Thomas J. Conboy, Defendant-appellee, v. Bureau of National Affairs, Inc., Plaintiff-appellant, 15 F.3d 1159 (D.C. Cir. 1993)

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US Court of Appeals for the District of Columbia Circuit - 15 F.3d 1159 (D.C. Cir. 1993) Dec. 15, 1993

Before: EDWARDS and SILBERMAN, Circuit Judges and SHADUR,*  Senior District Judge, United States District Court for the Northern District of Illinois.



This appeal was considered on the record from the United States District Court for the District of Columbia and on the briefs filed by the parties and arguments presented by counsel. The issues have been accorded full consideration by the Court and occasion no need for an opinion. See D.C. Cir. Rule 14(c). For the reasons stated in the accompanying memorandum, it is

ORDERED AND ADJUDGED that the directed verdict entered by the District Court in favor of the Bureau of National Affairs, Inc. is affirmed.

The Clerk is directed to withhold issuance of the mandate herein until seven days after disposition of any timely petition for rehearing. See D.C. Cir. Rule 15(b) (2).



On January 28, 1990, the Bureau of National Affairs, Inc. ("BNA") ran a newspaper advertisement soliciting resumes for the position of Marketing Analysis Supervisor. The newly created position was to be supervised by Phyllis Jordan-Johnson, BNA's Marketing Services Unit Manager, and she was responsible for screening and selecting applicants for interviews. Jordan-Johnson testified that BNA's objective was "to hire someone by the end of February to fill [the] position." Trial Transcript ("Tr."), reprinted in Joint Appendix ("J.A.") 680.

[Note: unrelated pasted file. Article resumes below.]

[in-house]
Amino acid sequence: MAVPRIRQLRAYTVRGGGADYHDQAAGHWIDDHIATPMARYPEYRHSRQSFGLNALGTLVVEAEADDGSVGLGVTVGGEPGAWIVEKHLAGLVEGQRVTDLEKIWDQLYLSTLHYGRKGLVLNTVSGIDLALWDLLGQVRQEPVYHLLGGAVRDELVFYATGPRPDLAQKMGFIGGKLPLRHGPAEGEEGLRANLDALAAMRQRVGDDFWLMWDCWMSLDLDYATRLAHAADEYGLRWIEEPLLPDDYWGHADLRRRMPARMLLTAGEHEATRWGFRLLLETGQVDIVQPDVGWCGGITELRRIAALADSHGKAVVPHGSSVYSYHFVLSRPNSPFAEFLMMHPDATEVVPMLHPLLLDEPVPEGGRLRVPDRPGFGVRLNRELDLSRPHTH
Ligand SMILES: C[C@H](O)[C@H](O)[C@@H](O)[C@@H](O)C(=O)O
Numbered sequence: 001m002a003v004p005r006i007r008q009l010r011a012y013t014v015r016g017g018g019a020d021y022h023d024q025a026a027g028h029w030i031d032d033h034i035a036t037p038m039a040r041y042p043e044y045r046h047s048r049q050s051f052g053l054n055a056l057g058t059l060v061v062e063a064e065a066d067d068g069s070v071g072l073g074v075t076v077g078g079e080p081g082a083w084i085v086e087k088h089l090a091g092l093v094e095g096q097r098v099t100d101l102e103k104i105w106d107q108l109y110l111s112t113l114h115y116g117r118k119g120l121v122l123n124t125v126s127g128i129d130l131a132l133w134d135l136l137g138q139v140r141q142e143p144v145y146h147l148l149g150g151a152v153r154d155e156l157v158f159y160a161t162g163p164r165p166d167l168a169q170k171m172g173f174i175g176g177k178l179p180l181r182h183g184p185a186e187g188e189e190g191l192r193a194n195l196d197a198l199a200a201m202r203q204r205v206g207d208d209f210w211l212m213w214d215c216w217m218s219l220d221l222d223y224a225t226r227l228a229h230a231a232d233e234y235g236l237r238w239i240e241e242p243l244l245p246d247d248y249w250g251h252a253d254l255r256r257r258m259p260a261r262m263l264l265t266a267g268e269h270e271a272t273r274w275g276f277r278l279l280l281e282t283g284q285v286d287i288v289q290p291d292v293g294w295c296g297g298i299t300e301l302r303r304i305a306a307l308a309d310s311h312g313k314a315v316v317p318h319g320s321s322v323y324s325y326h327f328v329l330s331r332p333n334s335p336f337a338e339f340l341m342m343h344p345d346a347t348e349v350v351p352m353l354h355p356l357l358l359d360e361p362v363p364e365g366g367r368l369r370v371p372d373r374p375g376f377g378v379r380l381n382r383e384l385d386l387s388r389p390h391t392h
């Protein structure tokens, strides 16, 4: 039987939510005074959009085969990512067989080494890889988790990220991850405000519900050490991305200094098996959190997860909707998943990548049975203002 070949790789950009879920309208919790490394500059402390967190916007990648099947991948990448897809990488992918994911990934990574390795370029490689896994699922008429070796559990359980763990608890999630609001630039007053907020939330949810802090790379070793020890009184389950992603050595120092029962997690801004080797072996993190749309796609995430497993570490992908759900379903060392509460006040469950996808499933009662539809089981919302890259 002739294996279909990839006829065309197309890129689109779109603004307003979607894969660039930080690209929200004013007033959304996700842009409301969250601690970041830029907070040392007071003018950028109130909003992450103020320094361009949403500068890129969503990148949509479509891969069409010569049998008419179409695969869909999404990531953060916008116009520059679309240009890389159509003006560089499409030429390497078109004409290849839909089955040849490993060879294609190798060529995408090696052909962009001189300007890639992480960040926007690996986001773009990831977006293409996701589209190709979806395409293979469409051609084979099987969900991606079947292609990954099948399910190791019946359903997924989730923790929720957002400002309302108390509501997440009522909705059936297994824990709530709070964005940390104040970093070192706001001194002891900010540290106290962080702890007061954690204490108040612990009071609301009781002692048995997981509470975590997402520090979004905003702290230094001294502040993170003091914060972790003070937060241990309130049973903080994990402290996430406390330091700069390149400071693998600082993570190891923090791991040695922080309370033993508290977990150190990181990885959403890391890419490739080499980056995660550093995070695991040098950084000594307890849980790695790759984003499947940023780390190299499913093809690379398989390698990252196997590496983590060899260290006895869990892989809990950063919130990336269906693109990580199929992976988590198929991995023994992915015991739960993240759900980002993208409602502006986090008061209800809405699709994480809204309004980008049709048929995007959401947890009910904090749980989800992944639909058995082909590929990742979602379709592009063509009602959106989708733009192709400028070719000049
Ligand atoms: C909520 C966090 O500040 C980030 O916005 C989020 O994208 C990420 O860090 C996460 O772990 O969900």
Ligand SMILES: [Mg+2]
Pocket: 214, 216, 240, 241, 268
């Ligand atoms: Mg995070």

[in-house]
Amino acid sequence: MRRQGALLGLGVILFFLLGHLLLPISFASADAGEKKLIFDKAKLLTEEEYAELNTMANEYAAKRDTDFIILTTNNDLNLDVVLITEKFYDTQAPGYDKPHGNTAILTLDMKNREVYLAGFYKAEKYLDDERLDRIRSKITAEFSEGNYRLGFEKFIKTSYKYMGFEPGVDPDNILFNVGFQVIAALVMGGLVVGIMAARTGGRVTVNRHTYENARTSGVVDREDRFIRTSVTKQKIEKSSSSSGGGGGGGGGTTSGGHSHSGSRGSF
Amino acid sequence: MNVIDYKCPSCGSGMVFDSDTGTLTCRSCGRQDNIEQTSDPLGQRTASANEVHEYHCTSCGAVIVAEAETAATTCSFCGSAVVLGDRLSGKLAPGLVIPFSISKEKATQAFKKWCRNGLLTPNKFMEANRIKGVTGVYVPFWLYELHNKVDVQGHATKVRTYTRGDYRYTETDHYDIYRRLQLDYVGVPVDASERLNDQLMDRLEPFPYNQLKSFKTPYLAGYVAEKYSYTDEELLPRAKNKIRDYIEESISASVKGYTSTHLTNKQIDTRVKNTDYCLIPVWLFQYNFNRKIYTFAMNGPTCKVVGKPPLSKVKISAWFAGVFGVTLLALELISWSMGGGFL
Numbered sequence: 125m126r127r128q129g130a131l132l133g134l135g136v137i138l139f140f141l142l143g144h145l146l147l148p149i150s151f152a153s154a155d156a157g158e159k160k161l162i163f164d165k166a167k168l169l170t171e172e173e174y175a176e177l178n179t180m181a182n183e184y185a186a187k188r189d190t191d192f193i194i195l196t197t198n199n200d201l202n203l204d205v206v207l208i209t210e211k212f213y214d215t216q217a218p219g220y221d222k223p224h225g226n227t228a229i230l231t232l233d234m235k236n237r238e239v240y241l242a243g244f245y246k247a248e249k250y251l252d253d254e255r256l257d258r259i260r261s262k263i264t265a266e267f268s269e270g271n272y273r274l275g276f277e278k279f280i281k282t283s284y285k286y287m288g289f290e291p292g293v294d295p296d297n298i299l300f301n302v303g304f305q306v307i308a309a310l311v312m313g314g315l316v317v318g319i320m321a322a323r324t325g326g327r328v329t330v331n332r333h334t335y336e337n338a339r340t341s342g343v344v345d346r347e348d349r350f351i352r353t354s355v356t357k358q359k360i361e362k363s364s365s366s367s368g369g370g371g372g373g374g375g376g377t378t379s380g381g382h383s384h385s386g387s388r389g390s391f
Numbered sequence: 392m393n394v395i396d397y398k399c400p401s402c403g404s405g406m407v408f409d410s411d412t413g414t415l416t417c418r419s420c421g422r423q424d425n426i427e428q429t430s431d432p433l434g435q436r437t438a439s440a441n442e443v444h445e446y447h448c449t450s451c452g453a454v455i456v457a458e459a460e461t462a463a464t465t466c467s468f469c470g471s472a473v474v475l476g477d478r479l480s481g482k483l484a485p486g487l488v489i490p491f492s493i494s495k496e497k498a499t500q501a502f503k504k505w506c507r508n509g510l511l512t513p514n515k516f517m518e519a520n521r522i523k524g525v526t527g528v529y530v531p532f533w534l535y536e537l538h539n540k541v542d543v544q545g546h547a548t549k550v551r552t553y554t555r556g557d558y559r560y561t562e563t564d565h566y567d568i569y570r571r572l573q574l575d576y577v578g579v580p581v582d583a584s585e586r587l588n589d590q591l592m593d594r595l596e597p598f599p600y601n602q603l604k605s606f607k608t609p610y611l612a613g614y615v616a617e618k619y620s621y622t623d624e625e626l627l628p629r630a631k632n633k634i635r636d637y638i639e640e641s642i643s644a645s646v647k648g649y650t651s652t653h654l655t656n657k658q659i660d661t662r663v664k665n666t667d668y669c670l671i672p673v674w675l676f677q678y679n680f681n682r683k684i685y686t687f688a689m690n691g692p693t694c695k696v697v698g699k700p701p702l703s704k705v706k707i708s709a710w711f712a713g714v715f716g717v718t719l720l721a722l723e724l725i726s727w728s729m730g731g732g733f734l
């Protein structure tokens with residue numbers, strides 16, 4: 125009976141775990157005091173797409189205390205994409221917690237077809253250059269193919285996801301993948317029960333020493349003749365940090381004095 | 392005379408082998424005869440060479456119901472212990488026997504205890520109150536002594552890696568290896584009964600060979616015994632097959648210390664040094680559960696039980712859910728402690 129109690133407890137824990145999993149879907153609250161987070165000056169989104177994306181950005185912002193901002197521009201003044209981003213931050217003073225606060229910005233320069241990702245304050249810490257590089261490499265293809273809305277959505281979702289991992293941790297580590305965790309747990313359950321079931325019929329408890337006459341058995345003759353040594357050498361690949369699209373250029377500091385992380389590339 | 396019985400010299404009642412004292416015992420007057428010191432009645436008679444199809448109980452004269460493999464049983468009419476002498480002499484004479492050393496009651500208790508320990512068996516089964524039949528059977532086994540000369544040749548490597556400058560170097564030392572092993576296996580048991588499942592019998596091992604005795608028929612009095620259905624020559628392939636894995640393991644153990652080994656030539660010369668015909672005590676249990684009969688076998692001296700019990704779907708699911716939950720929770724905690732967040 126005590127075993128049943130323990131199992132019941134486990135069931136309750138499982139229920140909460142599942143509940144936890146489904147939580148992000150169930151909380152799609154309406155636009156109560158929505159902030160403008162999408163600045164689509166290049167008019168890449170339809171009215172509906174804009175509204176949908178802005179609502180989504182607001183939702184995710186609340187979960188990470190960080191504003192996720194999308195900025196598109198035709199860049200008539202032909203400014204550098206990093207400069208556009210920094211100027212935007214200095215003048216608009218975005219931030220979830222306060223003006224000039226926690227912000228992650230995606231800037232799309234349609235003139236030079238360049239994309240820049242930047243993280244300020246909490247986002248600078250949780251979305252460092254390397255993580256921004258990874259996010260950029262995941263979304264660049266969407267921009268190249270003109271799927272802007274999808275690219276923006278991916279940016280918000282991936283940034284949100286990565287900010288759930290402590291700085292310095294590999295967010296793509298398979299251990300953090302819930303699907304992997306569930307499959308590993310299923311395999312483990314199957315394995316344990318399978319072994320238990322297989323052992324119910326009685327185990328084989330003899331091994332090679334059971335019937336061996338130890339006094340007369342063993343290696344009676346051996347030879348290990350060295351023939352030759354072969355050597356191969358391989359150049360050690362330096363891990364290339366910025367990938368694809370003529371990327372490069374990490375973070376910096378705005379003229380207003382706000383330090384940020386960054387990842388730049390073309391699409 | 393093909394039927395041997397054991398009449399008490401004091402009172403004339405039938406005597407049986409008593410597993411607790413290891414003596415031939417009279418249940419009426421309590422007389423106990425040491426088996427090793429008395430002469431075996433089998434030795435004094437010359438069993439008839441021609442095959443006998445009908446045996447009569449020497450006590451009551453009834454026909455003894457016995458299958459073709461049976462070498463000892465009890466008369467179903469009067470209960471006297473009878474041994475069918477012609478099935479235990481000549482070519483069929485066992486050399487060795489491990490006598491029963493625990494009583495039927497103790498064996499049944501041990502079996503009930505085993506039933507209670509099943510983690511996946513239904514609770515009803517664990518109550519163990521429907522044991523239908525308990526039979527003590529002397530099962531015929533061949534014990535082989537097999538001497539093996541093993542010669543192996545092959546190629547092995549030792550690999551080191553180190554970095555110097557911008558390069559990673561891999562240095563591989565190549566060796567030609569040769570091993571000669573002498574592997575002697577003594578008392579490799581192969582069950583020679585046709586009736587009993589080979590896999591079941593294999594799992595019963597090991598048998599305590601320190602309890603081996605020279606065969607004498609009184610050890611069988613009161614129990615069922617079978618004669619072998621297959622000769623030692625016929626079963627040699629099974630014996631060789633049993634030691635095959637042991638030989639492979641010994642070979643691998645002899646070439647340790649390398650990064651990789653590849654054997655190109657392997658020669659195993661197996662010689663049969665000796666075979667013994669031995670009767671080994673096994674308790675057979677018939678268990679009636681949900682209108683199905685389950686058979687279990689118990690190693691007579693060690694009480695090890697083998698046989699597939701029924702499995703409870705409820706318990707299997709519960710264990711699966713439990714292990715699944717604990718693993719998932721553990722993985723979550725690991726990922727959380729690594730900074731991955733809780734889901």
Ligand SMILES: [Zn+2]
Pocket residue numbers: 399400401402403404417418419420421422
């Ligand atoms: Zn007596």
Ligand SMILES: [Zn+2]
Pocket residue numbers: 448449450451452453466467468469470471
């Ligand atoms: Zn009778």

After the advertisement ran, Jordan-Johnson received a large number of resumes which she reviewed daily. Each application was quickly evaluated and those with promise were set aside for interviews. It is undisputed that Jordan-Johnson had finished compiling the list of applicants to interview by February 9, 1990, and that any resume arriving after that date was not considered. See Defendant's Chart, reprinted in J.A. 898-99.

Thomas Conboy, age 61, deliberately delayed submitting his resume until several weeks after the advertisement ran in hopes of obtaining some advantage over other applicants. See Tr., J.A. 428. Conboy's resume was dated February 16, 1990, and it was received by BNA on February 21, 1990. Because she had already selected the interview pool, Jordan-Johnson did not review Conboy's resume when it first arrived at BNA. Instead, Conboy was sent a pre-printed postcard stating that BNA had received his resume and would contact him if the company wished to interview him.

Concerned that BNA's response constituted a rejection, Conboy wrote BNA a strident letter, insisting he was "exactly" qualified and demanding an interview. See Letter of Thomas J. Conboy (Mar. 1, 1990), reprinted in J.A. 875. At this point in time the interview process was well under way; but prompted by his letter, BNA reviewed Conboy's resume. Jordan-Johnson concluded Conboy was not "exactly or nearly" qualified, as his resume did not indicate any specific computer experience nor, in her opinion, did it show sufficient marketing analysis skills. Based on this evaluation, BNA responded to Conboy in a letter explaining that it did not feel he "exactly or nearly" met the qualifications for the position and that he would not be interviewed. See Letter of Carolyn D. Taylor (Mar. 23, 1990), reprinted in J.A. 878. BNA then hired another individual for the position.